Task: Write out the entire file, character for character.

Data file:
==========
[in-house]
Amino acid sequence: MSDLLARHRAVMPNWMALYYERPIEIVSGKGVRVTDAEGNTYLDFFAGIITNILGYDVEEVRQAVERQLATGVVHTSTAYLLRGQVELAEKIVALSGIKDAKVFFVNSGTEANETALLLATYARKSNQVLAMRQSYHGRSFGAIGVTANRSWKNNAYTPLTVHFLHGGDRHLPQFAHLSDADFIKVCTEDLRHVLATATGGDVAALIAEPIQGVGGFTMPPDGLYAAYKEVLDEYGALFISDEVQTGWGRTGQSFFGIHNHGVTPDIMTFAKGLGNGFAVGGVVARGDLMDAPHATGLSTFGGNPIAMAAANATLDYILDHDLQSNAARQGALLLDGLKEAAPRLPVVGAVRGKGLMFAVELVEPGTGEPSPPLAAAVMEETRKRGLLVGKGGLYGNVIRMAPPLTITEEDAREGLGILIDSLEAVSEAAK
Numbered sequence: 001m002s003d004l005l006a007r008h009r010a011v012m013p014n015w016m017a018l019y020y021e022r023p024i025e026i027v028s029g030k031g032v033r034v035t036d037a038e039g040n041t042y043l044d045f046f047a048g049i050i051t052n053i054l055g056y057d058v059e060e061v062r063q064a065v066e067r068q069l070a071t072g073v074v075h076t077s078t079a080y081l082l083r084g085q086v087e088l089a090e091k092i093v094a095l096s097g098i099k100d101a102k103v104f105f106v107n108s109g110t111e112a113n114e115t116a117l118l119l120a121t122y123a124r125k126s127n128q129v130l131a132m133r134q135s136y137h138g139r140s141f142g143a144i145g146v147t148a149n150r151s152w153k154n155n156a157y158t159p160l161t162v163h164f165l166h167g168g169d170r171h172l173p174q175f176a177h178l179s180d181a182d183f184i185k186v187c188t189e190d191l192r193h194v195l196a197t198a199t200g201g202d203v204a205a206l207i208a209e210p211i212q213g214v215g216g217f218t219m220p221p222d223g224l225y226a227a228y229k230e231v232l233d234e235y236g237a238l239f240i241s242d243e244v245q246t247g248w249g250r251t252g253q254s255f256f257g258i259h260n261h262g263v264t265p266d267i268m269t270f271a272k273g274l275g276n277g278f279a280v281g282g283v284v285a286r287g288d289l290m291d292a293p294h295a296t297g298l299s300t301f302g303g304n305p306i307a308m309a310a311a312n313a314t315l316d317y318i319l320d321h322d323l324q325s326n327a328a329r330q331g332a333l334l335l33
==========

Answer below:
[in-house]
Amino acid sequence: MSDLLARHRAVMPNWMALYYERPIEIVSGKGVRVTDAEGNTYLDFFAGIITNILGYDVEEVRQAVERQLATGVVHTSTAYLLRGQVELAEKIVALSGIKDAKVFFVNSGTEANETALLLATYARKSNQVLAMRQSYHGRSFGAIGVTANRSWKNNAYTPLTVHFLHGGDRHLPQFAHLSDADFIKVCTEDLRHVLATATGGDVAALIAEPIQGVGGFTMPPDGLYAAYKEVLDEYGALFISDEVQTGWGRTGQSFFGIHNHGVTPDIMTFAKGLGNGFAVGGVVARGDLMDAPHATGLSTFGGNPIAMAAANATLDYILDHDLQSNAARQGALLLDGLKEAAPRLPVVGAVRGKGLMFAVELVEPGTGEPSPPLAAAVMEETRKRGLLVGKGGLYGNVIRMAPPLTITEEDAREGLGILIDSLEAVSEAAK
Numbered sequence: 001m002s003d004l005l006a007r008h009r010a011v012m013p014n015w016m017a018l019y020y021e022r023p024i025e026i027v028s029g030k031g032v033r034v035t036d037a038e039g040n041t042y043l044d045f046f047a048g049i050i051t052n053i054l055g056y057d058v059e060e061v062r063q064a065v066e067r068q069l070a071t072g073v074v075h076t077s078t079a080y081l082l083r084g085q086v087e088l089a090e091k092i093v094a095l096s097g098i099k100d101a102k103v104f105f106v107n108s109g110t111e112a113n114e115t116a117l118l119l120a121t122y123a124r125k126s127n128q129v130l131a132m133r134q135s136y137h138g139r140s141f142g143a144i145g146v147t148a149n150r151s152w153k154n155n156a157y158t159p160l161t162v163h164f165l166h167g168g169d170r171h172l173p174q175f176a177h178l179s180d181a182d183f184i185k186v187c188t189e190d191l192r193h194v195l196a197t198a199t200g201g202d203v204a205a206l207i208a209e210p211i212q213g214v215g216g217f218t219m220p221p222d223g224l225y226a227a228y229k230e231v232l233d234e235y236g237a238l239f240i241s242d243e244v245q246t247g248w249g250r251t252g253q254s255f256f257g258i259h260n261h262g263v264t265p266d267i268m269t270f271a272k273g274l275g276n277g278f279a280v281g282g283v284v285a286r287g288d289l290m291d292a293p294h295a296t297g298l299s300t301f302g303g304n305p306i307a308m309a310a311a312n313a314t315l316d317y318i319l320d321h322d323l324q325s326n327a328a329r330q331g332a333l334l335l33